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What Is Presbyterian Theology?

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  • Written By: A. Genes
  • Edited By: A. Joseph
  • Last Modified Date: 09 December 2016
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Presbyterian theology derives from Protestantism and has its origins in the teachings of John Calvin. The main principle governing Presbyterian theology is that salvation comes by faith alone, not by venerating images and saints or praying for the dead. Some of the notable leaders of the Presbyterian Church were John Knox in Scotland and Ulrich Zwingli and Heinrich Bullinger in Switzerland.

The term “Presbyterian” derives from presbyteros, which is the Greek word for “elder.” The organization of the Presbyterian Church is similar to that of the Protestant churches that adopted the ideas of the Protestant Reformation in Switzerland. Priests, who are democratically elected by local Christian communities from both men and women, administer the Presbyterian Church. They also are members of the councils of the Church, presbyteries, synods, the National Council and Supreme Council.

The theology of the Presbyterian Church accepts both the Apostles’ Creed and the Nicene Creed. Among the emphases of this type of theology are divine election, the sovereignty of God, the importance of sacraments and the perfect balance of piety and intellectual culture. Even if this theology is derived from Calvin’s teachings, it does not teach that God predestined some people to salvation and others to damnation. Presbyterians consider that although all human beings deserve punishment for their sinful nature, God decided to choose a number for salvation and let the others follow their own path.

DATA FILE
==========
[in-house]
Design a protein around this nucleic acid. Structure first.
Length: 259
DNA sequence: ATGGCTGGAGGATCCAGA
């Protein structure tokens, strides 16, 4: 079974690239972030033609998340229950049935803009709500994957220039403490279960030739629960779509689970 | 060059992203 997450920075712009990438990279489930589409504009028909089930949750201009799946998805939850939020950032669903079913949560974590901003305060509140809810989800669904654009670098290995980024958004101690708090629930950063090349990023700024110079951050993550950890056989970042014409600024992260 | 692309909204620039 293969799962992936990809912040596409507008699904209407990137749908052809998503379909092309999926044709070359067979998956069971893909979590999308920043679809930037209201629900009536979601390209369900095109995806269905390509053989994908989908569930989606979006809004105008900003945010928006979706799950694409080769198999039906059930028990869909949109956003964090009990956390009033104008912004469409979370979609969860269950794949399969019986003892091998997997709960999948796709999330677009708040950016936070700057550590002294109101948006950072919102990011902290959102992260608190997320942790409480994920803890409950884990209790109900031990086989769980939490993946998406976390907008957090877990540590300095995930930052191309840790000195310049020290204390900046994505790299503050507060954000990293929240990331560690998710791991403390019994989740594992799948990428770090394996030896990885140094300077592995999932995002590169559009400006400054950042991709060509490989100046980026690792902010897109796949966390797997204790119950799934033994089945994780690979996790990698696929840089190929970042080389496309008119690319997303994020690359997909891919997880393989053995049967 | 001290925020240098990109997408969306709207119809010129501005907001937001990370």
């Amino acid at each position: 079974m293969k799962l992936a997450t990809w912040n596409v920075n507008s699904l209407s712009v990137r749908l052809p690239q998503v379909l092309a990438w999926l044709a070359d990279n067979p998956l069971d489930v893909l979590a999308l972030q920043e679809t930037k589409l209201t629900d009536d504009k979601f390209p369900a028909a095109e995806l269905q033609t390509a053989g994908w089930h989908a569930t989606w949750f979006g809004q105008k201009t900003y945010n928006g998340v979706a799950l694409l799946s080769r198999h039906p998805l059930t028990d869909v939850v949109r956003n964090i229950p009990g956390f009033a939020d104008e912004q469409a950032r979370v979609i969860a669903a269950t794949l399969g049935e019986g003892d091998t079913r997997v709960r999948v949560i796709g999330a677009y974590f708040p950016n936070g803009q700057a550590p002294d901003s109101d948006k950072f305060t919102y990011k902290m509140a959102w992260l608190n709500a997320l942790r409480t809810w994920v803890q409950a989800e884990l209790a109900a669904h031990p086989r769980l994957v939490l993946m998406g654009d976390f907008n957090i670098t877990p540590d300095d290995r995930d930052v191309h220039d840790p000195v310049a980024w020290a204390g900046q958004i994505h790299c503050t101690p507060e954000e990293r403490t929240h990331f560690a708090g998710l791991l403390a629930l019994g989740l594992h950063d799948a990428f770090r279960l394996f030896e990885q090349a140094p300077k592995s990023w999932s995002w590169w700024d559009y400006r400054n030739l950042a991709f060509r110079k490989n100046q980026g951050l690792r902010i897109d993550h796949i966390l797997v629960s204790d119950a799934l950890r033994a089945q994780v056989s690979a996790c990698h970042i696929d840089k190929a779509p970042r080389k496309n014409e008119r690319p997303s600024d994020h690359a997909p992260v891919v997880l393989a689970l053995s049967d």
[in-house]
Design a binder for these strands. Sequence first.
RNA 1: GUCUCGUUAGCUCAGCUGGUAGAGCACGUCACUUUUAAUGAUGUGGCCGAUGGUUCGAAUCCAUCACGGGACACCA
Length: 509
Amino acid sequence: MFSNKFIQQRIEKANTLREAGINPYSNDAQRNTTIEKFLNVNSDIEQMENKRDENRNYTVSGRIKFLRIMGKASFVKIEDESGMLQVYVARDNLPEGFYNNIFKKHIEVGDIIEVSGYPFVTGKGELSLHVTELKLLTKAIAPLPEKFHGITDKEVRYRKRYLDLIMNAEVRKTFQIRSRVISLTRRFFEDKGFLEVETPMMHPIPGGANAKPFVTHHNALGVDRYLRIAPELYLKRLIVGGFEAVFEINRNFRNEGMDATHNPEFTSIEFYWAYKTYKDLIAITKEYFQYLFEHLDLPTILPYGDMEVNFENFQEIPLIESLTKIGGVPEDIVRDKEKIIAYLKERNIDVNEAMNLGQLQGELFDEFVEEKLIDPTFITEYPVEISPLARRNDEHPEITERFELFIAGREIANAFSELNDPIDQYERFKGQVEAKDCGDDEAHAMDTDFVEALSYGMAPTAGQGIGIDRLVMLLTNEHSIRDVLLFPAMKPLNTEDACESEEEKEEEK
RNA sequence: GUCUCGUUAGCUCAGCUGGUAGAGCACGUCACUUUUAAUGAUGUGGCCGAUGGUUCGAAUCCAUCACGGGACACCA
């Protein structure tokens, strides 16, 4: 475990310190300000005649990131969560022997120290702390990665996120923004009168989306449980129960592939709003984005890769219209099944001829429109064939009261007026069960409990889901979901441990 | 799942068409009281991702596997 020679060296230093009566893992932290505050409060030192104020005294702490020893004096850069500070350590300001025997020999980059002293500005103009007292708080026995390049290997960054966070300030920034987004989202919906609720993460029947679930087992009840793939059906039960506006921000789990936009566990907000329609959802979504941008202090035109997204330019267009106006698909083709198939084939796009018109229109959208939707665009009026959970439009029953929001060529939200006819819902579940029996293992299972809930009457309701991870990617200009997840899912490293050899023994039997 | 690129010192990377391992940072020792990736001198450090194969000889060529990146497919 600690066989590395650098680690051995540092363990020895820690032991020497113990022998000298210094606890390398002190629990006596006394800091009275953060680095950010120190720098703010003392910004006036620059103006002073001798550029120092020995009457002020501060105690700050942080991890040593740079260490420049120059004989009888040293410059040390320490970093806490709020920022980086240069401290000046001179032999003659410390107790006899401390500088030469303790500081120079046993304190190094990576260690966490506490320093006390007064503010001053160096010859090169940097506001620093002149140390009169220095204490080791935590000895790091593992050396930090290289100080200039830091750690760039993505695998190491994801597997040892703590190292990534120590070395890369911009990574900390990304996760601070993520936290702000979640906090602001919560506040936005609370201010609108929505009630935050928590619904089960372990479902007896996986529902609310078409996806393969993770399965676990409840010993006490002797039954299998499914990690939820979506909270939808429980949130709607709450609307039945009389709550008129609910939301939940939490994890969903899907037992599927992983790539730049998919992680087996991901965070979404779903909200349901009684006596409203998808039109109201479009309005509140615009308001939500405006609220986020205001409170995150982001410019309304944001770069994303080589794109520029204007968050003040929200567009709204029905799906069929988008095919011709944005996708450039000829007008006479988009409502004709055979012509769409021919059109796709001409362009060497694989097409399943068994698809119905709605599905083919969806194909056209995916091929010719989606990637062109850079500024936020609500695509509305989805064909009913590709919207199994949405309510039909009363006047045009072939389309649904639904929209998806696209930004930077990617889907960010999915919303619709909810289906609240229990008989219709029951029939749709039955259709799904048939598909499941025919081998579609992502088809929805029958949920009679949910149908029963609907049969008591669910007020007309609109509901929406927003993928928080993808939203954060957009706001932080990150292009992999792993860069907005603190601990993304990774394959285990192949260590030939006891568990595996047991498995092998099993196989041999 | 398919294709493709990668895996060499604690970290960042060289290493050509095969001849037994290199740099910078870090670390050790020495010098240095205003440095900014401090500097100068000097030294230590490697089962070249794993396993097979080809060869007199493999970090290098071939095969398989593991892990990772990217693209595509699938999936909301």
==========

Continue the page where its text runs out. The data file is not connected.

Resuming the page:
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Only two sacraments instituted by Jesus are accepted in Presbyterian theology: baptism and the Lord’s Supper. Presbyterians believe that baptism is a sacrament instituted by Jesus, in which a person who enters the church is given a new birth and forgiveness of sins. Baptism is made in the name of the Father, Son and Holy Spirit and can be done only once in a lifetime. Water is used as the external element of baptism, but immersion is not necessary. The Lord’s Supper commemorates the sacrifice made by Jesus on the cross, and the external elements — bread and wine — symbolize the body and blood of Jesus, respectively.

In Presbyterian theology, the Bible is the means by which Christians learn about the presence of God in all aspects of human life, from the beginnings of time until present days. Presbyterians believe that God’s eternal goodness and constant love for his creation can be understood by studying the Bible. The Old Testament and the New Testament are both used by Presbyterians.

Presbyterian colleges exist in all countries where this church is present. Many of them offer children a traditional education according to the moral principles of Presbyterianism. For people who are interested in getting a theology degree, Presbyterian colleges offer courses related to Presbyterian theology, mission work and pastoral counseling.

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